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A brief detour to live TV of the 1950’s tonight with The Everly Brothers and their guest appearance on The Big Record, the short-lived TV Variety show hosted by Patti Page and featuring the hit makers of the day.
The Everly Brothers were known for steel-string acoustic guitar playing and close harmony singing. Consisting of Isaac Donald “Don” Everly (born February 1, 1937) and Phillip “Phil” Jason Everly (January 19, 1939 – January 3, 2014), the duo was raised in a musical family, first appearing on radio singing along with their father Ike Everly and mother Margaret Everly as “The Everly Family” in the 1940s. When the brothers were still in high school, they gained the attention of prominent Nashville musicians like Chet Atkins, who began to groom them for national attention.
They began writing and recording their own music in 1956, and their first hit song came in 1957, with “Bye Bye Love”, written by Felice and Boudleaux Bryant. The song hit No. 1 in the spring of 1957, and additional hits would follow through 1958, many of them written by the Bryants, including “Wake Up Little Susie”, “All I Have to Do Is Dream”, and “Problems”. In 1960, they signed with the major label Warner Bros. Records and recorded “Cathy’s Clown”, written by the brothers themselves, which was their biggest selling single. The brothers enlisted in the United States Marine Corps Reserve in 1961, and their output dropped off, though additional hit singles continued through 1962, with “That’s Old Fashioned (That’s the Way Love Should Be)” being their last top-10 hit.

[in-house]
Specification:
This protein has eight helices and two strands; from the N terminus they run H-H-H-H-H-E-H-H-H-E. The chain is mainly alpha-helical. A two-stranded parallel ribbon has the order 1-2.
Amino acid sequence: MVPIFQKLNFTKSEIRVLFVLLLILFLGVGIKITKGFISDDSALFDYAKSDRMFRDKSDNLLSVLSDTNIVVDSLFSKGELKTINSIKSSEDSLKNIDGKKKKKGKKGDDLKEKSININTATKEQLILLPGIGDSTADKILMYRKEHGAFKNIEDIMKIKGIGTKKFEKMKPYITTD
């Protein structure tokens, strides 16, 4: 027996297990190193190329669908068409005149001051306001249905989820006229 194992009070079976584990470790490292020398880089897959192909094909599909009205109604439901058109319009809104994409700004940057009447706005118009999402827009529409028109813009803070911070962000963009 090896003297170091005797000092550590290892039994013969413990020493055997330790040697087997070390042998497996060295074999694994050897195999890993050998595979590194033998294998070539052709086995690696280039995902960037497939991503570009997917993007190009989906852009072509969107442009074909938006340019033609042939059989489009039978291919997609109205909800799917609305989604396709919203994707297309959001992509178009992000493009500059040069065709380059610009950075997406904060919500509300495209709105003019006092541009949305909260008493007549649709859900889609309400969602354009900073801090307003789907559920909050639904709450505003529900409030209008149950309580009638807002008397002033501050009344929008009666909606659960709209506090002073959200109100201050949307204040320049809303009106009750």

This appearance, broadcast on February 5, 1958 features the Everly Brothers playing abbreviated versions of Wake Up Little Susie and Should We Tell Him, backed by an orchestra that was having a hard time keeping up.
The music of the Everly Brothers influenced the Beatles, who referred to themselves as “the British Everly Brothers” when Paul McCartney and John Lennon went hitchhiking south to win a talent competition. They based the vocal arrangement of “Please Please Me” on “Cathy’s Clown”.
Keith Richards called Don Everly “one of the finest rhythm players”.
Paul Simon, who worked with the pair on “Graceland”, said on the day after Phil’s death, “Phil and Don were the most beautiful sounding duo I ever heard. Both voices pristine and soulful. The Everlys were there at the crossroads of country and R&B. They witnessed and were part of the birth of rock and roll.”
Live TV, nothing like it.